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Tuesday, 21 August 1984
Page: 68

(Question No. 797)

Senator Missen asked the Minister representing the Minister for Home Affairs and Environment, upon notice, on 3 April 1984:

(1) How many licensed kangaroo shooters were operating in Australia during the most recent period on record.

(2) How many of these licensed kangaroo shooters were full time or part time operators.

(3) What average prices were paid on the market for each animal.

(4) Does the Government agree with the estimate of the Australian Wildlife Protection Council in their submission to the Senate Select Committee on Animal Welfare which estimated that the average shooter, working 250 days per year, was taking between 5,000-7,500 animals and earning from $10,000-$15,000 per year.

Senator Ryan —The Minister for Home Affairs and Environment has provided the following answer to the honourable senator's question:

Responsibility for kangaroo management rests primarily with State and Territory wildlife authorities and the following answers have been provided by the National Parks and Wildlife Service of New South Wales, National Parks and Wildlife Service of Queensland, Western Australian Department of Fisheries and Wildlife, National Parks and Wildlife Service of South Australia and National Parks and Wildlife Service of Tasmania.

(1) New South Wales-The number of trappers (kangaroos) currently licensed is 375. Over 100 of the licensed trappers were operating during the period September to November 1983.

Queensland-The number of licensed kangaroo shooters in 1983 was 1,431 and the number of licensed kangaroo shooters authorised during the period from 1 January to 31 March 1984 was 751.

Western Australia-The number of shooters currently licensed is 136, made up of 90 within the red kangaroo management program and 46 within the grey kangaroo program.

South Australia-The number of persons licensed to shoot kangaroos in 1983-84 is 188.

Tasmania-During the 1983 season there were 384 shooters licensed for the commercial hunting of wallabies.

(2) New South Wales-On the basis that a shooter taking less than 2,500 kangaroos per year is part time and more than 2,500 kangaroos per year is full time, during 1983 when 349 shooters were licensed, 290 shooters were part time ( 73 of whom shot no kangaroos during the year) and 59 shooters were full time.

Queensland-Approximately 10 per cent of shooters are full time operators.

Western Australia-All shooters within the grey kangaroo program are part time operators. Most of the shooters in the red kangaroo program have supplementary incomes, usually station work.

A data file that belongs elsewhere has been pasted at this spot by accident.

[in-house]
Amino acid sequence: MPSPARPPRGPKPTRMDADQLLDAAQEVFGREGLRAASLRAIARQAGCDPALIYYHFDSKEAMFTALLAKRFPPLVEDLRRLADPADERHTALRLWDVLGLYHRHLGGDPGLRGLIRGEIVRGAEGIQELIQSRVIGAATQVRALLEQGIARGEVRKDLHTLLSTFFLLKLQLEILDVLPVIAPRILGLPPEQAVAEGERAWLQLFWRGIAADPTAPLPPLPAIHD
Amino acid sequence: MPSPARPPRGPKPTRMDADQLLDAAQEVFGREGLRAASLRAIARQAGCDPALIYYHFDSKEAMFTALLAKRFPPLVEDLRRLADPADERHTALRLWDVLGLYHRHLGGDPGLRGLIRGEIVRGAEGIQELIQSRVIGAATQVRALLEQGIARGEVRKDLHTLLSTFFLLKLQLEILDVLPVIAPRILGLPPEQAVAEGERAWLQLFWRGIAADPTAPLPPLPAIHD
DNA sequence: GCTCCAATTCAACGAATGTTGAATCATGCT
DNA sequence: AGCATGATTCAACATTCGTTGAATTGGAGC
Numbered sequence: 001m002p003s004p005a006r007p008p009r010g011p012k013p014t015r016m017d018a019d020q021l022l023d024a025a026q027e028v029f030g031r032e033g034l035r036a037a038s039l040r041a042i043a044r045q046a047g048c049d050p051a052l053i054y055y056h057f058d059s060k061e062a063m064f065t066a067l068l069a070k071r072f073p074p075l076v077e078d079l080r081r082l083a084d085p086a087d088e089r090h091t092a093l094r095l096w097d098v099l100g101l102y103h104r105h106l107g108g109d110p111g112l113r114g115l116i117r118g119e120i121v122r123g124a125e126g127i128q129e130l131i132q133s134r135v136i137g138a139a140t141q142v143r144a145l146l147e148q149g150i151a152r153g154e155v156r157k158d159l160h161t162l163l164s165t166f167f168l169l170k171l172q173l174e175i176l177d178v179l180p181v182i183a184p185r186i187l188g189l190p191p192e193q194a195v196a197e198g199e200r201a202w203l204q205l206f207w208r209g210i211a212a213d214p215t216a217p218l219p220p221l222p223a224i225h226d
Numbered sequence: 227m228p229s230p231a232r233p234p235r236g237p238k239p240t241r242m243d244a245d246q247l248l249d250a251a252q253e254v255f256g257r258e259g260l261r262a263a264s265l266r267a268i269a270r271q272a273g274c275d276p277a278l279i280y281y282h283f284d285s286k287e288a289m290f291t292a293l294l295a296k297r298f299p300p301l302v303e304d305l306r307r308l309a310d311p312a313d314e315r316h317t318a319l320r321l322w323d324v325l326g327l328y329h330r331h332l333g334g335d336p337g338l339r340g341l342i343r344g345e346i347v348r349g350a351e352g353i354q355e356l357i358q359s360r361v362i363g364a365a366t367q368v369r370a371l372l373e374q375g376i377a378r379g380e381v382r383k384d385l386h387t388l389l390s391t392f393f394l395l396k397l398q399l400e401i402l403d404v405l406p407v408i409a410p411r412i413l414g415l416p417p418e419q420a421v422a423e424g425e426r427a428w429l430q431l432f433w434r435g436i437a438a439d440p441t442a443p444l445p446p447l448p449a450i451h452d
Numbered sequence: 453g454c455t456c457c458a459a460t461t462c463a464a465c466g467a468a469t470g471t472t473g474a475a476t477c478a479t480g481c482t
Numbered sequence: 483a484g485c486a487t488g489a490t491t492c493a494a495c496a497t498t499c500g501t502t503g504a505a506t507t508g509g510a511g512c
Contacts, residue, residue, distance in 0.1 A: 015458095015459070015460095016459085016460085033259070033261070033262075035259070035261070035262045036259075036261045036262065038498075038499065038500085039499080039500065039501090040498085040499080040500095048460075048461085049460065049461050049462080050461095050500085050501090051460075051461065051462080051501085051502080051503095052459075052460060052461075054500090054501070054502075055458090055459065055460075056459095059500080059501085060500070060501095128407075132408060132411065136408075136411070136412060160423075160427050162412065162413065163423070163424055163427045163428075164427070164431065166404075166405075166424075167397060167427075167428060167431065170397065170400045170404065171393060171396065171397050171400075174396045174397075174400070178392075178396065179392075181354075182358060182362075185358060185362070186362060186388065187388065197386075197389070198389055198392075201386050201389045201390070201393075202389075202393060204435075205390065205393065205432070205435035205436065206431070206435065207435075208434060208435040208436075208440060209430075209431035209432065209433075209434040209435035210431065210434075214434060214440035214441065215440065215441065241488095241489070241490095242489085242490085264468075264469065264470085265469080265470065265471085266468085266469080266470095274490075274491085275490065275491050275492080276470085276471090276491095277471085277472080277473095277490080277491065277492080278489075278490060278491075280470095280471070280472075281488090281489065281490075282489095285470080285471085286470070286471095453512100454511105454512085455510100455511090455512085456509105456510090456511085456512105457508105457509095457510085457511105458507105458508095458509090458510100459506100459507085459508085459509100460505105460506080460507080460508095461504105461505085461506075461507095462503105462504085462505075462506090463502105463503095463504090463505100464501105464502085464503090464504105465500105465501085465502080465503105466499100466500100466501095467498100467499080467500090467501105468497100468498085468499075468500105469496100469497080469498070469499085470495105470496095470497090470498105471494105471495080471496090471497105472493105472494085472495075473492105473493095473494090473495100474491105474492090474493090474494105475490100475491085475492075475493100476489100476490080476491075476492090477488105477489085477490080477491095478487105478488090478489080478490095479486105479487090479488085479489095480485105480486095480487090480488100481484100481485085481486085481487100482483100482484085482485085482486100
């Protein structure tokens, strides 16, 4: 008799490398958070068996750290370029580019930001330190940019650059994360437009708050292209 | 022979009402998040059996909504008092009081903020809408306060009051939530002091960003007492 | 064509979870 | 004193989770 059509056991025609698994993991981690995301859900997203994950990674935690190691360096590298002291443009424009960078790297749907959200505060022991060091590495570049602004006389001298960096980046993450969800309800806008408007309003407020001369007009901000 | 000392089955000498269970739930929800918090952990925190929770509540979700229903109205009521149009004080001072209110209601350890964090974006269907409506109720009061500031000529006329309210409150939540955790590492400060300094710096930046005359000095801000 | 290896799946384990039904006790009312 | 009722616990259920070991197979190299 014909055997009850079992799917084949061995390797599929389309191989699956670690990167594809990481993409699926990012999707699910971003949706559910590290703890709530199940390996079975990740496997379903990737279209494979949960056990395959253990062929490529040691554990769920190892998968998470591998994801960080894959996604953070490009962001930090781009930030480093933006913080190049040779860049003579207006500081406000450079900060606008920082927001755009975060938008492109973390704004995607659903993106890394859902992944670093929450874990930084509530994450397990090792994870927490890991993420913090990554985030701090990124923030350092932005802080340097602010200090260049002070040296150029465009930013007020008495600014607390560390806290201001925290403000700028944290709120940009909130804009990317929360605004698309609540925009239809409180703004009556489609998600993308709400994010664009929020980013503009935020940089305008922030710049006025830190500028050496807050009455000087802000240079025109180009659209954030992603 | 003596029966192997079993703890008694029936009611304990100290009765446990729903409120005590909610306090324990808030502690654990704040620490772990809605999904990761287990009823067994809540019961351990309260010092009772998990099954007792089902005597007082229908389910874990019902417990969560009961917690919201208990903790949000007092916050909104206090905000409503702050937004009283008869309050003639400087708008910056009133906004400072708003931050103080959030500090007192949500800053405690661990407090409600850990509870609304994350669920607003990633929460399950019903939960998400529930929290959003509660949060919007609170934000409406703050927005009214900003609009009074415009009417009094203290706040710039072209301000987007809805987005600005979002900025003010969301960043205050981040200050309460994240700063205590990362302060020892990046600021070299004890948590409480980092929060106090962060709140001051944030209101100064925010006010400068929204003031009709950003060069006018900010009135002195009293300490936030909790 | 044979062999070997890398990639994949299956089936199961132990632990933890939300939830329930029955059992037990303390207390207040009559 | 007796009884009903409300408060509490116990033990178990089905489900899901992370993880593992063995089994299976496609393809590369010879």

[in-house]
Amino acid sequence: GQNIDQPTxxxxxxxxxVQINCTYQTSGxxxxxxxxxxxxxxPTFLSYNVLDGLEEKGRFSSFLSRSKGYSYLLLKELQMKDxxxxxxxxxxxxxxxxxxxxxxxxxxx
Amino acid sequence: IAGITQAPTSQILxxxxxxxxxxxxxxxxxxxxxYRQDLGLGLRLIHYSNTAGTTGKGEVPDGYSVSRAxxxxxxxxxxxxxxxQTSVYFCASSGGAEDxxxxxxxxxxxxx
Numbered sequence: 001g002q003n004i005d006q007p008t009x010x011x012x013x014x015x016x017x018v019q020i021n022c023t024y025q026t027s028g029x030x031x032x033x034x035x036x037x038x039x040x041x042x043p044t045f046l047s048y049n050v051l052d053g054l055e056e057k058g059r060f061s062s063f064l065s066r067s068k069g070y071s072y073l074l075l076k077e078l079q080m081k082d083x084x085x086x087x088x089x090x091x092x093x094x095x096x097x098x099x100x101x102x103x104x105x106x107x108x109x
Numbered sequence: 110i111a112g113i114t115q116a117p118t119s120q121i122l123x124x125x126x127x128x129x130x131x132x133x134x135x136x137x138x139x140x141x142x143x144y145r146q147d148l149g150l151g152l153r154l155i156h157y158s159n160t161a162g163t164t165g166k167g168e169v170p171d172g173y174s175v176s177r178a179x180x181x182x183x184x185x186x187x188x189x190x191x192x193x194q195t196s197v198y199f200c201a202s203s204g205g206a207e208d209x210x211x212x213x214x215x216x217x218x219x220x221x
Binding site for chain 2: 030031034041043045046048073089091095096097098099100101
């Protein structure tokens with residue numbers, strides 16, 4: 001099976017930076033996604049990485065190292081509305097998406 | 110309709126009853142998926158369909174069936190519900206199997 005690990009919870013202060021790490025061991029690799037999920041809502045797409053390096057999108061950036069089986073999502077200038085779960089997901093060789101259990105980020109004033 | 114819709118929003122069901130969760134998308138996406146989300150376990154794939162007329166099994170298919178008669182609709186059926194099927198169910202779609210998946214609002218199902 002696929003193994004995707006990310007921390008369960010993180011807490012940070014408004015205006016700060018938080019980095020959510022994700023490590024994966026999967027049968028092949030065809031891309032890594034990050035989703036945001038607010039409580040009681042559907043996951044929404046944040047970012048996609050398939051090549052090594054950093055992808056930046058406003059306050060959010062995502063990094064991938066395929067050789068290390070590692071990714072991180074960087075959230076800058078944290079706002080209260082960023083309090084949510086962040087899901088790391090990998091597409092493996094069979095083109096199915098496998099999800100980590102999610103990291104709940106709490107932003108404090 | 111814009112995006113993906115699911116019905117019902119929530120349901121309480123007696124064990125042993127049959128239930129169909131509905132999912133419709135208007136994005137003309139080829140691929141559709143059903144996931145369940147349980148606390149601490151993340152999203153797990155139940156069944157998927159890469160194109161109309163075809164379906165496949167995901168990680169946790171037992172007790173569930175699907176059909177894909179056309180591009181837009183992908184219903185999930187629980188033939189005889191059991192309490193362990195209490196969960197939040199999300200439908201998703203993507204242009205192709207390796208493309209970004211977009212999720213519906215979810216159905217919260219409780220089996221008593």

South Australia-The number of shooters that could be considered full time in 1984 is approximately 30.

Tasmania-All shooters are considered to be part time operators, most being either landowners or their employees who hunt, on average, only four days each month.

(3) New South Wales-Current prices for kangaroo carcasses, including skins, range from $0.26 to $0.28 per kilogram. The average weight for carcasses is currently 22 kilogram, while the medium value is 20 kilograms. On this basis the average price per carcass is $5.94.

Queensland-The average price for skins is $5.00, depending on size, while carcass prices vary from $0.20 to $0.32 per kilogram.

Western Australia-The price paid to the shooter varies within the range of $0. 25 to $0.30 per kilogram. The average carcass weight is in the region of 19 kilograms.

South Australia-A shooter receives approximately $0.22 per kilogram for trade butts, or about $3.00 per animal of butt weight 14 kilograms.

Tasmania-The commercial value of Tasmanian wallabies lies primarily in their fur. Fur prices are currently very low, with hunters receiving less than $1.00 for a wallaby skin.

(4) New South Wales-New South Wales does not agree. In 1983, 21 per cent of licensed shooters shot no kangaroos, 53 per cent shot less than 500, 83 per cent shot less than 2,500 and 96 per cent shot less than 5,000. The average shooter therefore shot less than 500 kangaroos. Obviously the number of days worked and earnings on the average are proportionately less than the figures quoted in the question.


Western Australia-No. Western Australian shooters, on average, took less than 2 ,000 kangaroos in 1983, within the range of approximately 200 to 6,700. Only four shooters shot more than 5,000 animals.

South Australia-The South Australian National Parks and Wildlife Service has no data on the earnings of a full time shooter. The number of animals a shooter takes is subject to the availability of destruction permits and quotas. A figure of between 20 and 30 animals per night is considered to be the economic breakeven point to cover costs, including equipment and fuel.

Tasmania-Based on hunters' returns, it is estimated that the average commercial hunter currently shoots less than 300 wallabies per year. The majority of these wallabies are utilized privately and do not enter the commercial trade.